I am more doubtful in writing the following Essay than in any of those which precede, how far I am treating of human nature generally, or to a certain degree merely recording my own feelings as an individual. I am guided however in composing it, by the principle laid down in my Preface, that the purpose

book in each instance should be to expand some new and interesting truth, or some old truth viewed under a new aspect, which had never by any preceding writer been laid before the public.

Education, in the conception of those whose office it is to direct it, has various engines by means of which it is to be made effective, and among these are reprehension and chastisement.

The philosophy of the wisest man that ever existed, is mainly derived from the act of introspection. We look into our own bosoms, observe attentively every thing that passes there, anatomise our motives, trace step by step the operations of thought, and diligently remark the effects of external impulses upon our feelings and conduct. Philosophers, ever since the time in which Socrates

flourished, to carry back our recollections no further, have found that the minds of men in the most essential particulars are framed so far upon the same model, that the analysis of the individual may stand in general consideration for the analysis of the species. Where this principle fails, it is not easy to suggest a proceeding that shall supply the deficiency. I look into my own breast; I observe steadily and with diligence what passes there ; and with all the parade of the philosophy of the human mind I can do little more than this.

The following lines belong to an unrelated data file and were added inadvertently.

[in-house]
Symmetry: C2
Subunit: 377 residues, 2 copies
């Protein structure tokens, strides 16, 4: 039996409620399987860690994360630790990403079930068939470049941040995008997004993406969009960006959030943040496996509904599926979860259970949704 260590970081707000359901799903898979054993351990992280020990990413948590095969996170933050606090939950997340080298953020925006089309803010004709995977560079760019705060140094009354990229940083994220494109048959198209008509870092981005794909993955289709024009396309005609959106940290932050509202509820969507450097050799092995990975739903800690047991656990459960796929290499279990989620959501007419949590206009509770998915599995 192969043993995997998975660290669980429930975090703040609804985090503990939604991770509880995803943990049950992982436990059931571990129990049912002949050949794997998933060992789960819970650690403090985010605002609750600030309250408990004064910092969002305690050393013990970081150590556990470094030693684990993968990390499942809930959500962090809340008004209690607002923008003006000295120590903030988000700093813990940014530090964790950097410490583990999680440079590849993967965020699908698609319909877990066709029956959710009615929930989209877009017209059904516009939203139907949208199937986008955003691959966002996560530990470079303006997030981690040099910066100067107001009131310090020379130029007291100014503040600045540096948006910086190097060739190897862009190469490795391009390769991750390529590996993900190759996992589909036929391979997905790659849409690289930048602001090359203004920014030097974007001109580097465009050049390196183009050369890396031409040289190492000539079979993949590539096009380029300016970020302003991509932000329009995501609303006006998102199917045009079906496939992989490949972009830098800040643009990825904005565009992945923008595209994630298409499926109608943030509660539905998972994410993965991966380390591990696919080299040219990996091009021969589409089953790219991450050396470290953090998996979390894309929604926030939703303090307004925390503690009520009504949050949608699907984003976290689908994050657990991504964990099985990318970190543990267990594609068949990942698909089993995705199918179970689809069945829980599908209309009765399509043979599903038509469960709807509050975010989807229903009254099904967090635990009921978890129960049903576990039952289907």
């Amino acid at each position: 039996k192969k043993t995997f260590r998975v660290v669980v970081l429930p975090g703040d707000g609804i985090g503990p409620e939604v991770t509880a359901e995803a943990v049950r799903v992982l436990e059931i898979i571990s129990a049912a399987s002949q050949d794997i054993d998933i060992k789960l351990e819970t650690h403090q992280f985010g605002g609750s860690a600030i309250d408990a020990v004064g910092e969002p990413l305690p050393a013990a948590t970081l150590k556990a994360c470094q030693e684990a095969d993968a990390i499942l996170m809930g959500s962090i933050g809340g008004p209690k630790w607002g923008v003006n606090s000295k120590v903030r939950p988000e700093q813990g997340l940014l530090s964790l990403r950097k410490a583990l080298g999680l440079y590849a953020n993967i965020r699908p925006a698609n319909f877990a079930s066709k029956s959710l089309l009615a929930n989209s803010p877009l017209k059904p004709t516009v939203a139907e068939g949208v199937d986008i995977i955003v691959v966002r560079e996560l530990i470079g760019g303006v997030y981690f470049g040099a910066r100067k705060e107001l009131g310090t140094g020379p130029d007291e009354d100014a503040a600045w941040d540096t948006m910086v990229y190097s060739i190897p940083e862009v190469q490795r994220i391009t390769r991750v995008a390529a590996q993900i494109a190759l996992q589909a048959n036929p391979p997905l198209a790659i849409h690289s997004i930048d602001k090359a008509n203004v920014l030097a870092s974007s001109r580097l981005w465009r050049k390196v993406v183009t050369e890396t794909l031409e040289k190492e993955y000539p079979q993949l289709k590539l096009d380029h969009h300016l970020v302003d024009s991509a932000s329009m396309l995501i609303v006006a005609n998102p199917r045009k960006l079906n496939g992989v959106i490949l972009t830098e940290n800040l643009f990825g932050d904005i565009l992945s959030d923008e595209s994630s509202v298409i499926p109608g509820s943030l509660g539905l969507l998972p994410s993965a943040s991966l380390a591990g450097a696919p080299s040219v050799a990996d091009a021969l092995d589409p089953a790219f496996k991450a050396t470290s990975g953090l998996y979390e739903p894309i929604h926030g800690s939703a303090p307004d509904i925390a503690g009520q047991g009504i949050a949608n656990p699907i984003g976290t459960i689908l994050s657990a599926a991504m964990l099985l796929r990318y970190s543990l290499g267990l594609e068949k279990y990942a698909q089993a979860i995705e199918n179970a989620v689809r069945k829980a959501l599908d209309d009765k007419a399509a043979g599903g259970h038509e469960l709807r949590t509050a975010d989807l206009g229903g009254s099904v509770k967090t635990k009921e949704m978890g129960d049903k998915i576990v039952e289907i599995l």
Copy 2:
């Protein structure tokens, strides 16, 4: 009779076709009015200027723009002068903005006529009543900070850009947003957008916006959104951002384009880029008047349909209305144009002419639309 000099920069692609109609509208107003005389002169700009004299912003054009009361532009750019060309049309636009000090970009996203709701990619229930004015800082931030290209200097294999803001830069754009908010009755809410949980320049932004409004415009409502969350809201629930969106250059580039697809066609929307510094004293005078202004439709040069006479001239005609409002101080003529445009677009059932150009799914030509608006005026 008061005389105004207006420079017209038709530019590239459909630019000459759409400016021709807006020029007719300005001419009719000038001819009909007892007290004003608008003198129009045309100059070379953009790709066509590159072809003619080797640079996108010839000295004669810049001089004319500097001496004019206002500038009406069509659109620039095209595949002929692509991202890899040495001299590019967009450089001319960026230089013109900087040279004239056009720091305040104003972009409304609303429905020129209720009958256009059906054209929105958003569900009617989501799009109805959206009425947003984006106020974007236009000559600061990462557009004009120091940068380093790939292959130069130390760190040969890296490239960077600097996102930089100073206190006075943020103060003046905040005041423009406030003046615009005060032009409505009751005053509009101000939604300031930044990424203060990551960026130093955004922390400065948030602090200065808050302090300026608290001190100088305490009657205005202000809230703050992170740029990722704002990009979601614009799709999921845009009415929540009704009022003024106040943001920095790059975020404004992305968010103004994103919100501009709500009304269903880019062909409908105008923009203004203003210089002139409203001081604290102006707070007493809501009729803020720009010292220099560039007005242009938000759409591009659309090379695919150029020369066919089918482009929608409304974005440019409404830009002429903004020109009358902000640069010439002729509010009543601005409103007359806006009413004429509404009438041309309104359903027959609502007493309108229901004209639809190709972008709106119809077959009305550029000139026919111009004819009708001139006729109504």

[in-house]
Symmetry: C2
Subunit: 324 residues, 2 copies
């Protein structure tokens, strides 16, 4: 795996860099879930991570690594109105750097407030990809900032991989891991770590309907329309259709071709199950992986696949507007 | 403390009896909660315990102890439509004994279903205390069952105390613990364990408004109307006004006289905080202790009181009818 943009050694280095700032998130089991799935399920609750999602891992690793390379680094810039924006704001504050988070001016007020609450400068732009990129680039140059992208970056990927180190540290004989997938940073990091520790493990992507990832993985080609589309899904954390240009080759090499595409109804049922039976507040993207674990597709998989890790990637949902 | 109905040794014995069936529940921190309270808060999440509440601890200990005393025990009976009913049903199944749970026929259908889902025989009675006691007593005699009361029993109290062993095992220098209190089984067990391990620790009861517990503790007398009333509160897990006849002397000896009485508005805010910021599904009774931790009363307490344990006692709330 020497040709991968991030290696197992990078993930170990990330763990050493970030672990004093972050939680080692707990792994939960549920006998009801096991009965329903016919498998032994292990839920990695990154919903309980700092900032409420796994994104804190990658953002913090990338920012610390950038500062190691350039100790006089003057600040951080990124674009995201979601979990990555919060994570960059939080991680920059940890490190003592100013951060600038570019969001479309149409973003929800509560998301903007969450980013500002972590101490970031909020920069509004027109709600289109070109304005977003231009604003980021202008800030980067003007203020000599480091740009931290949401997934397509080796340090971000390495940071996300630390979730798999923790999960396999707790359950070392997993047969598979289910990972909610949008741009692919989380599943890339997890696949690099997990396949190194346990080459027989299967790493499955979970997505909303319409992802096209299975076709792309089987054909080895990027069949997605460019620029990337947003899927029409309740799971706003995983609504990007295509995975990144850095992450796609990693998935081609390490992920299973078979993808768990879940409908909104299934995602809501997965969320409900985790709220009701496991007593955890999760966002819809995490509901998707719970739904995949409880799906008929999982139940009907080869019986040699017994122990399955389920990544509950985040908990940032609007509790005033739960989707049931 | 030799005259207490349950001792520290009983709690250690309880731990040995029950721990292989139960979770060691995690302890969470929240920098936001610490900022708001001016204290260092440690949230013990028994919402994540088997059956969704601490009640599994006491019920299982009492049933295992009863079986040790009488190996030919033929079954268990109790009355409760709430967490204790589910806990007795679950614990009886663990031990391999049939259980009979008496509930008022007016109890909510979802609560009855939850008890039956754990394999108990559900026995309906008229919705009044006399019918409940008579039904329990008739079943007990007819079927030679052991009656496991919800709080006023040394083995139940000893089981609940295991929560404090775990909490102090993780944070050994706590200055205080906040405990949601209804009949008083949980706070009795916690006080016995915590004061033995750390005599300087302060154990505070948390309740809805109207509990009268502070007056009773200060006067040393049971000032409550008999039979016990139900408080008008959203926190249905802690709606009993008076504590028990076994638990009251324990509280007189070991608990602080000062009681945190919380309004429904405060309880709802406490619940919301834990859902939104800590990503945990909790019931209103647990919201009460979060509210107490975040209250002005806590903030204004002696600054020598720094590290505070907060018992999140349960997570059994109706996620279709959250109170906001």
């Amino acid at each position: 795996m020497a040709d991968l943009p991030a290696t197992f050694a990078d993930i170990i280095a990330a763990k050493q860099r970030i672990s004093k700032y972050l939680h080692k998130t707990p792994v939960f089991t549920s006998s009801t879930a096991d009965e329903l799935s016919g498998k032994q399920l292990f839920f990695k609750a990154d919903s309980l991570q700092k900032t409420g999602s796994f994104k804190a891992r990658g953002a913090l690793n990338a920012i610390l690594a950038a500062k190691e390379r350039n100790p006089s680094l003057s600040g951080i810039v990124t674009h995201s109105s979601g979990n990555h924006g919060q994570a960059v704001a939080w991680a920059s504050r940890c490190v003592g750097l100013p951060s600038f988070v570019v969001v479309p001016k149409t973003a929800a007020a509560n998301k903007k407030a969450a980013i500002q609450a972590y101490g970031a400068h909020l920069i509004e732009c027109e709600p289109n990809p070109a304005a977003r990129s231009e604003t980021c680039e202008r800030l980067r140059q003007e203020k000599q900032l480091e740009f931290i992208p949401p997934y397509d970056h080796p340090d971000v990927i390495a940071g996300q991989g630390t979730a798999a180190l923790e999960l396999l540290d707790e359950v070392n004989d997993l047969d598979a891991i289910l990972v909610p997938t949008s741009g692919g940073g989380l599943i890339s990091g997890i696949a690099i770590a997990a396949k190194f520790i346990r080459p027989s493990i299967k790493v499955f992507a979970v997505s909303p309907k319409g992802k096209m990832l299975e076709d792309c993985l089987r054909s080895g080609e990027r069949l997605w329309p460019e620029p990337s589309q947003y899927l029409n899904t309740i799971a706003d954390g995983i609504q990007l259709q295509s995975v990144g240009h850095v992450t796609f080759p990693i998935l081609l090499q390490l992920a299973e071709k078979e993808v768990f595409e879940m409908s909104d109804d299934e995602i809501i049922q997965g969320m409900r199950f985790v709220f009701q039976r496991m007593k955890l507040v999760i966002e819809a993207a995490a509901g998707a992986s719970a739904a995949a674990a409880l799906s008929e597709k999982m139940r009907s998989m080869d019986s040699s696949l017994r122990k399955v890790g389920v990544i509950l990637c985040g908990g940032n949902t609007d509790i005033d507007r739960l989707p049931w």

In treating therefore of education in the point of view in which it has just been proposed, I turn my observation upon myself, and I proceed thus.-If I do not stand as a competent representative for the whole of my species, I suppose I may at least assume to be the representative of no inconsideráble number of them.

I find then in myself, for as long a time as I can trace backward the records of memory, a prominent vein of docility. Whatever it was proposed to teach me, that was in any degree accordant with my constitution and capacity, I was willing to learn. And this limit is sufficient for the topic I am proposing to treat. I do not intend to consider education of any other sort, than that which has something in it of a liberal and ingenuous nature. I am not here discussing the education of a peasant, an artisan, or a slave.

In addition to this vein of docility, which easily